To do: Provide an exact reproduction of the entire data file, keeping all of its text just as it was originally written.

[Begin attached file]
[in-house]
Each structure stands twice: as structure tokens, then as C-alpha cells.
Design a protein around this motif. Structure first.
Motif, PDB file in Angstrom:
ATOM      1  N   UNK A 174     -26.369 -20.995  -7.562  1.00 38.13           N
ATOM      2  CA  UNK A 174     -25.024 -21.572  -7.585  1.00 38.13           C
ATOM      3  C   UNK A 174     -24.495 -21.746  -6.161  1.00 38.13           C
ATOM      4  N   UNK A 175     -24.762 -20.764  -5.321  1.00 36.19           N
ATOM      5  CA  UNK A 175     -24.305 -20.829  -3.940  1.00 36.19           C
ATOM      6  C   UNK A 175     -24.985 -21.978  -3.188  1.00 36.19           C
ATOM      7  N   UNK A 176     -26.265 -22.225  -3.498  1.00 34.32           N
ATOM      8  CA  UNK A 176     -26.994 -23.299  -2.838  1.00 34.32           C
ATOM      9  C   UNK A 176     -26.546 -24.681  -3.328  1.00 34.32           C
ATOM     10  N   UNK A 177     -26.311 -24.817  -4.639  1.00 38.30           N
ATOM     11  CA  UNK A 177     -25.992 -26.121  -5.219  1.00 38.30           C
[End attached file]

[in-house]
Each structure stands twice: as structure tokens, then as C-alpha cells.
Design a protein around this motif. Structure first.
Motif, PDB file in Angstrom:
ATOM      1  N   UNK A 174     -26.369 -20.995  -7.562  1.00 38.13           N
ATOM      2  CA  UNK A 174     -25.024 -21.572  -7.585  1.00 38.13           C
ATOM      3  C   UNK A 174     -24.495 -21.746  -6.161  1.00 38.13           C
ATOM      4  N   UNK A 175     -24.762 -20.764  -5.321  1.00 36.19           N
ATOM      5  CA  UNK A 175     -24.305 -20.829  -3.940  1.00 36.19           C
ATOM      6  C   UNK A 175     -24.985 -21.978  -3.188  1.00 36.19           C
ATOM      7  N   UNK A 176     -26.265 -22.225  -3.498  1.00 34.32           N
ATOM      8  CA  UNK A 176     -26.994 -23.299  -2.838  1.00 34.32           C
ATOM      9  C   UNK A 176     -26.546 -24.681  -3.328  1.00 34.32           C
ATOM     10  N   UNK A 177     -26.311 -24.817  -4.639  1.00 38.30           N
ATOM     11  CA  UNK A 177     -25.992 -26.121  -5.219  1.00 38.30           C